The Battalion. (College Station, Tex.) 1893-current, November 07, 1986, Image 19

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Bright Ideas
for spring classes
by Nancy Neukirchner
Is engineering getting you
down? Is business bugging you?
Are you tired of computer sci
ence, animal science or political
science? If you need a break
from your major course of study
and have electives to spare,
take a class to get your mind off
your major.
News travels fast at A&M,
and the general consensus
seems to be that there are quite
a few worthwhile classes to
take. The following classes
turned up repeatedly in an in
formal survey.
Biology 430 (Principles of Mi
croscopy), three credits.
Students learn the principles
of light and electron micro
scopy. Electron microscopes
are the most powerful type of
microscopes in the world and
you’ll be amazed at the things
you can see.
The class is open to all ju
niors and seniors.
English 212 (Shakespeare),
three credits.
From “A Midsummer Night’s
Dream” to “King Lear,” how
could reading the works of such
a master be unexciting?
To increase comprehension,
all of the plays are available on
video tape in the Learning Re
source Center on the 6th floor
of the library.
Journalism 214 (Photojourna
lism), three credits.
Although this class is in the
journalism department, no ex
tensive writing is required. Stu
dents learn about photojourna
lism from the ground up,
starting with how to load film in
the camera. From there, they
learn how to take, develop and
print black and white photos,
which isn’t as simple as it
sounds. Learning the skills re
quired to do well in the course
can be time-consuming for
those who normally take a year
to go through a whole roll of
Students enrolled in the
course can check out photo
equipment and use the dark
room facilities, so they don’t
even need to own a camera to
take this course. There is, how
ever, a $15 fee for lab chemi
cals and students must provide
their own film and paper. The
cost for film and paper varies
from student to student and de
pends on how much film they
shoot and how many sheets of
paper it takes them to get good
prints. Average cost runs about
Art 150 (Art History Survey II),
three credits.
Joe Hutchinson teaches this
course, which is designed to
give students a general, chro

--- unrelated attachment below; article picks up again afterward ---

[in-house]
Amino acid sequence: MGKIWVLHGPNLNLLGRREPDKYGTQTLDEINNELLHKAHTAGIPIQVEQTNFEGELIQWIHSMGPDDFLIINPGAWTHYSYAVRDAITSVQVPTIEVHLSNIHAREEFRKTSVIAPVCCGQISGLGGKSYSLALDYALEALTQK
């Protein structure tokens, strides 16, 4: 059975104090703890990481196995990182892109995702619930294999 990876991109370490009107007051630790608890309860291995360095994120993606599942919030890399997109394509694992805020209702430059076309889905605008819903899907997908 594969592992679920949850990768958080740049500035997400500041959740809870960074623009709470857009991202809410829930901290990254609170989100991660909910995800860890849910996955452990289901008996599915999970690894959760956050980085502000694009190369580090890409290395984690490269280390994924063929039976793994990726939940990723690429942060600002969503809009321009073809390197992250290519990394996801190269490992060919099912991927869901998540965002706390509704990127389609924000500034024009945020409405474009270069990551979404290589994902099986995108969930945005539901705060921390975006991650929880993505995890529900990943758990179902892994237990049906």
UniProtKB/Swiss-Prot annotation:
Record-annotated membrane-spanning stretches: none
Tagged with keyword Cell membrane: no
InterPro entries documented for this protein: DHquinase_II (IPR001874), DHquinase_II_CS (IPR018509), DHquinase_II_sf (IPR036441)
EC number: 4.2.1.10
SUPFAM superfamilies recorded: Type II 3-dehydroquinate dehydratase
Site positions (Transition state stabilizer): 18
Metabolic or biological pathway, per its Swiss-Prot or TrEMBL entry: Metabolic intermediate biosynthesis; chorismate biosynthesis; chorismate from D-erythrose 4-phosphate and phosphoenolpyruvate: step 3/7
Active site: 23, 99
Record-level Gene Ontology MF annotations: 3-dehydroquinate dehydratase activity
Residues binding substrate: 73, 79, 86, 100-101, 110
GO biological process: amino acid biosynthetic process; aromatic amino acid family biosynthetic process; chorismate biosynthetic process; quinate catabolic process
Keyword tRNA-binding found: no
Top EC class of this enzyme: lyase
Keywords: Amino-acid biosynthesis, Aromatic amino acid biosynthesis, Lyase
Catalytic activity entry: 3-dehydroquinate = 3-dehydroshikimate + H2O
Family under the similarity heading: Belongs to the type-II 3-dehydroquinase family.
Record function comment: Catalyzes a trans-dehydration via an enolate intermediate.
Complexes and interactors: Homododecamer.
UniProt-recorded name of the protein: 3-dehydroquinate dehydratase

nological knowledge of art con
cepts and developments from
the 14th century up to the cur
rent year.
Hutchinson combines lec
tures and slides to bring won
derful examples of art and ar
chitecture to life. He’s got an
easygoing teaching style and his
enthusiasm for the material
makes this class fun to go to.
Educational Psychology 102
(Career Development), two
If you haven’t declared a ma
jor yet, this course may be for
you. Students work on comput
ers which aid them in evaluating
their abilities, interests and va
lues in order to make more in
formed career choices.
In addition, students are re
quired to research prospective
majors and careers.
Food Science and Technology
202/Nutrition 202 (Fundamen
tals of Human Nutrition), three
In this course, students learn
the five categories of nutrients
and their functions in the body.
Dr. Joanne Lupton’s ap
proach to the class is simplified,
and she makes a fairly compli
cated subject easy to under
stand. Students evaluate their
own diets throughout the se
mester. A ten-minute talk is
given each week on a relevant
nutrition subject either by Lup-
ton, an associate, or a nutrition
Physical Education 199 (Ven
ture Dynamics), one credit.
The purpose of this class is to
leam to trust your classmates
and to build your self-confi
dence. This is accomplished
through a variety of group exer
cises including a free fall into
classmates’ arms.
Students also learn to rappel
and participate in a skills course.
Although these aren’t the only
good classes at A&M, they have
been highly recommended by
students who have taken them.
So, if you have some open elec
tives and want to expand your
horizons, dive right in.